Duke coach Joanne P. McCallie had help in securing the No. 2-ranked recruiting class in the nation. It came from a relentless high school senior determined to be a part of something special in Durham. “I just know who I want to play with,” said Kianna Holland, a 5-9 guard from Seneca, S.C., who was the first of Duke’s fantastic foursome to commit while still a high school junior.
Holland, No. 32 in ESPN’s HoopGurlz 2013 recruiting rankings, spent the summer before her senior year playing and practicing at various USA Basketball events. It’s where she met post player Oderah Chidom (No. 10 in the HoopGurlz rankings) and center Kendall McCravey-Cooper (No. 12), both of whom are from California and played on the same AAU team. Holland already knew point guard Rebecca Greenwell (No. 6) from when they were on the same team as seventh-graders at North Carolina’s basketball camp.
“When coming back after seeing Kendall and Oderah play, I remember just telling the coaches, ‘Wow, these girls are fantastic. I have to have them as teammates,’” Holland said. “Becca, I had met her a while back when I was a lot younger and always respected her game. She’s a fantastic shooter. I guess that’s funny how it works, with USA Basketball giving you that opportunity to meet new people. “So I stayed in contact, especially with the West Coast girls, texting them.”
As Chidom tried to decide between Duke, Stanford and California, Holland gave her the hard sell to come east. “She was telling us how great Coach P was and why she made her decision, why she chose Duke over the others. She was in our ear,” Chidom said. “She got my number, and she would text us, just to show how eager she was to create a national championship-level team.” The 6-3 Chidom, of Oakland, picked Duke. So did the 6-3 McCravey-Cooper, from Carson.
When the 6-1 Greenwell of Owensboro, Ky., completed the group, Duke suddenly was one of the deepest teams in the nation. “Obviously we were thrilled because they’re all incredible people, terrific student-athletes and such a nice diversity,” McCallie said. “Wonderful point guard/two guard in Kianna Holland; a wonderful all-around guard, 2-, 3-, 1-guard that can play all positions in Rebecca Greenwell. Then you’ve got the strength of Kendall Cooper and the gazelle-like play of Oderah Chidom. They’re all so complementary of each other. So not only are they terrific people with terrific families, but they also complement each other very well.”
The freshman group trails only rival North Carolina’s haul of Diamond DeShields (No. 3), Allisha Gray (No. 7), Jessica Washington (No. 14) and Stephanie Mavunga (No. 23) as best in the nation, according to HoopGurlz. Combine that with a solid returning class that includes senior guard Chelsea Gray, and it’s why the Blue Devils are ranked No. 2 in both polls. “As a team we don’t pay attention to a whole lot of rankings or anything like that. But that Duke-UNC rivalry is just one of the best in college basketball,” Holland said.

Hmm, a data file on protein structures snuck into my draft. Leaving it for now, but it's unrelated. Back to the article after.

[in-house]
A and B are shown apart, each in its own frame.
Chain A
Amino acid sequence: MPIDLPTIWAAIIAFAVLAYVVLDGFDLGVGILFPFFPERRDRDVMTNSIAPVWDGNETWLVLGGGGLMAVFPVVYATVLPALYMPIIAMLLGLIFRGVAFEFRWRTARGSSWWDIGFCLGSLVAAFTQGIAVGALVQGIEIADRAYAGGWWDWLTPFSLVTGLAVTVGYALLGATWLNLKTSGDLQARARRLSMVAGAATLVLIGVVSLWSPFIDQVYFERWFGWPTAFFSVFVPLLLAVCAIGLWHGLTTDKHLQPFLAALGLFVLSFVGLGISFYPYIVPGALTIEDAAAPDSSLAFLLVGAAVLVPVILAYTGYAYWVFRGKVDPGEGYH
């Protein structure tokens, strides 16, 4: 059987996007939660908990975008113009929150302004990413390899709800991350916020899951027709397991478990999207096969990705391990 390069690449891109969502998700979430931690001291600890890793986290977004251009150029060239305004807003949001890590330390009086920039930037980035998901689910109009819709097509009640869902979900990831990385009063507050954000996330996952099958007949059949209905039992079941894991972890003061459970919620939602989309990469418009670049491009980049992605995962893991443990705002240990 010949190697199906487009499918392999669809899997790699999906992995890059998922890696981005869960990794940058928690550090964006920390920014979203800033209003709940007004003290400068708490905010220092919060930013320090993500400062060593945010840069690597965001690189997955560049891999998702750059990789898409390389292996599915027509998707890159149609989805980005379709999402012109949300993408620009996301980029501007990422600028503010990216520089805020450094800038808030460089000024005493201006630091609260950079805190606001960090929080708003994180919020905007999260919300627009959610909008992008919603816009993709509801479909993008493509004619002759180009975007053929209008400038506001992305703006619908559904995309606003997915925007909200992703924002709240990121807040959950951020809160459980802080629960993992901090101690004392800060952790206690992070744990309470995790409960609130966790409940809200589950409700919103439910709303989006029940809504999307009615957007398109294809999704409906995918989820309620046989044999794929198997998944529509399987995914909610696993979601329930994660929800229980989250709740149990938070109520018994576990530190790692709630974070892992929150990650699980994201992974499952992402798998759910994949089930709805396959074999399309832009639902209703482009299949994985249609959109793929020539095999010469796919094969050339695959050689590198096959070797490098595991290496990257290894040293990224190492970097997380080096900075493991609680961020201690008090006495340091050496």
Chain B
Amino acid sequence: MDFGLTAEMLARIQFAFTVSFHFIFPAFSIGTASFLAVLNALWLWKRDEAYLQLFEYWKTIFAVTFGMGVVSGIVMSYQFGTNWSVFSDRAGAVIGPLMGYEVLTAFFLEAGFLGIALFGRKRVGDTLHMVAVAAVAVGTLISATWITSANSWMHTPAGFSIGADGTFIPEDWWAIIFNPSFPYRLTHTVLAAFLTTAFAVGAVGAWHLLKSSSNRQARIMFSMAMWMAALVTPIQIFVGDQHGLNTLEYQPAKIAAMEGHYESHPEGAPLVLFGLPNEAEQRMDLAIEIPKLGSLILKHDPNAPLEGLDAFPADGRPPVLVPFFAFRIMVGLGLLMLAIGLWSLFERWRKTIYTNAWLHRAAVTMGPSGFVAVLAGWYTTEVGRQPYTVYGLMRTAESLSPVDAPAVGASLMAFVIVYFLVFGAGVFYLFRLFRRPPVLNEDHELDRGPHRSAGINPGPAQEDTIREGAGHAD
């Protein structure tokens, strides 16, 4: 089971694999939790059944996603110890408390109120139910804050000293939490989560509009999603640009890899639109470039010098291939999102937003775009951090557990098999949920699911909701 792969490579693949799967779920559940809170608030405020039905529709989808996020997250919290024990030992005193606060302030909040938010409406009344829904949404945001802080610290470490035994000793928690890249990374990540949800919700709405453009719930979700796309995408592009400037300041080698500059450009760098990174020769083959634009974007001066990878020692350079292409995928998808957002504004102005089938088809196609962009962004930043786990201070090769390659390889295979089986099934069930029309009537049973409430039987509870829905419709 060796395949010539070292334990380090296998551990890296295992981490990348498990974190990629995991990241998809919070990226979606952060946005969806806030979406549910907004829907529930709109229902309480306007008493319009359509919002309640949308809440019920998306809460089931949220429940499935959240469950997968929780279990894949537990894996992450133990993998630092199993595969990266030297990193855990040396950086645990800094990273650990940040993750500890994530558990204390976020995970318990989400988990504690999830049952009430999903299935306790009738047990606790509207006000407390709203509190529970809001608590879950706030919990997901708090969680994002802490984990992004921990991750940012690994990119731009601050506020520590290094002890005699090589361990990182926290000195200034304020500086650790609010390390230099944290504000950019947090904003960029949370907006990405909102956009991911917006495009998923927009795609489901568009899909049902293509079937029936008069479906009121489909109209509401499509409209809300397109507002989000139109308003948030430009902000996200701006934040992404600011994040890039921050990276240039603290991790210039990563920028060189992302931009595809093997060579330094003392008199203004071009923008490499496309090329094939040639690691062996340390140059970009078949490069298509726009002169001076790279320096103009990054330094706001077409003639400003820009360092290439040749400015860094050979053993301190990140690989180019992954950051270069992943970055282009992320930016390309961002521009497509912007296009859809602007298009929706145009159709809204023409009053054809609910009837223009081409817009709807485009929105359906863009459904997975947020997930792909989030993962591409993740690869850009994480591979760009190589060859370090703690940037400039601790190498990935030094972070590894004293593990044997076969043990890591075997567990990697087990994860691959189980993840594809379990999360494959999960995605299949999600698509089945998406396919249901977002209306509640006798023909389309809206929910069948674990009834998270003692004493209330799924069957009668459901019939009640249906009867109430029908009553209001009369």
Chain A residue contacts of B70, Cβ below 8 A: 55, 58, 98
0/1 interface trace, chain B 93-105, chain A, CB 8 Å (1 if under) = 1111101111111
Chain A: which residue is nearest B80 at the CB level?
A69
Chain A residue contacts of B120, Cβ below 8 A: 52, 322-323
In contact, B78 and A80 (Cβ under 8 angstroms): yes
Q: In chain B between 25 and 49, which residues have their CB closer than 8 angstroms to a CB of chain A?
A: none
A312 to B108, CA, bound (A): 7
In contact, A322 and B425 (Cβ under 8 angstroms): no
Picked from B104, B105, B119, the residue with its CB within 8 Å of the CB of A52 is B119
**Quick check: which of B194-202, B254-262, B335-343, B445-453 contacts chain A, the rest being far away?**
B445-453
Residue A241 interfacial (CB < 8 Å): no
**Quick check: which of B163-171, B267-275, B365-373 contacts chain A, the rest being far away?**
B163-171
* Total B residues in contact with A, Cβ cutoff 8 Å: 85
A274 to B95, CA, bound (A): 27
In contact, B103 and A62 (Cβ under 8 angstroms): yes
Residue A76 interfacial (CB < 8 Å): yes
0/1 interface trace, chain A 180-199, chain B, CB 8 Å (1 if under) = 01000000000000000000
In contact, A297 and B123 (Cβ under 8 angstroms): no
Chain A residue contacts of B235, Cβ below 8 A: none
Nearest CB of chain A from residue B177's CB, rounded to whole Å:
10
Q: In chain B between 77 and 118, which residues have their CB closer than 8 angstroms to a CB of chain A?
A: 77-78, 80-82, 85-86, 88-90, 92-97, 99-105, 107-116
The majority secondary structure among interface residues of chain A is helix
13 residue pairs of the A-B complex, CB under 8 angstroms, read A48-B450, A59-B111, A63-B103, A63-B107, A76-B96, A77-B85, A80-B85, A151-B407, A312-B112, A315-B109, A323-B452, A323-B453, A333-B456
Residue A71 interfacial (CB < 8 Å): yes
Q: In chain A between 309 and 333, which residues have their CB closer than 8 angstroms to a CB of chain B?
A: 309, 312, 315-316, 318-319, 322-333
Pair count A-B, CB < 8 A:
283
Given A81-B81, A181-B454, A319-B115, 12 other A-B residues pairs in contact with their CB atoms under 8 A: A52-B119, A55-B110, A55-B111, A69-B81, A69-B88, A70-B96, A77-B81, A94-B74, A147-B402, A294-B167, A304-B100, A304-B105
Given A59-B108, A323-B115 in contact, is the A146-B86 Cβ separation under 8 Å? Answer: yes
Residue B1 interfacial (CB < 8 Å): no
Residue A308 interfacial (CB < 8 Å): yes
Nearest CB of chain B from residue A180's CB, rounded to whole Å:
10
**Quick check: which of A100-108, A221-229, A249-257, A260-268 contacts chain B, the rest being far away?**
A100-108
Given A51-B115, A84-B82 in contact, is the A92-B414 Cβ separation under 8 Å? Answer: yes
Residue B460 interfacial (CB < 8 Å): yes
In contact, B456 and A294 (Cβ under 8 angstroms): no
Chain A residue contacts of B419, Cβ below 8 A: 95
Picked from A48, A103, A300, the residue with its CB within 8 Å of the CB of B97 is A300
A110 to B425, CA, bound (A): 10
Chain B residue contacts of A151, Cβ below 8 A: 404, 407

“So I think over the next few years it will be interesting to see how that plays out.” It may take a while for the full impact of the freshman class to be felt as Duke tries to snap its streak of three consecutive losses in the NCAA tournament regional finals. Greenwell, who has already torn her ACL twice and meniscus once in her right knee, needed a second meniscus surgery when it didn’t heal properly. She’s begun running, but McCallie said there’s an 80 percent chance Greenwell will be redshirted. Holland has been dealing with a shin injury in the preseason, possibly a negative effect of her relentless drive.
“Kianna probably over-trained herself this summer. She came into Duke with the injury,” McCallie said. “I’m proud of our staff, we got on it right away, so Kianna is not going to miss very much at all. She could be back in early December, I believe.”
Chidom and McCravey-Cooper played minor roles for Duke (2-0) against California and USC Upstate, but will likely see increased minutes as the season moves on. And Duke may need its depth when it faces top-ranked and defending national champion Connecticut in the Jimmy V Classic on Dec. 17 at Cameron Indoor Stadium.
“We’re not called the Cameron Crazies for nothing,” McCravey-Cooper said, “so I just want to see that experience and live through that.” The promise of high-profile games like that and sold-out crowds swayed McCravey-Cooper to travel across the country for school. Holland’s persistence played a role, too. “Kianna being the first commit, I would say she was the leader of the class in terms of wanting to attract other great people,” McCallie said.
“And that’s an exciting way to develop a class.”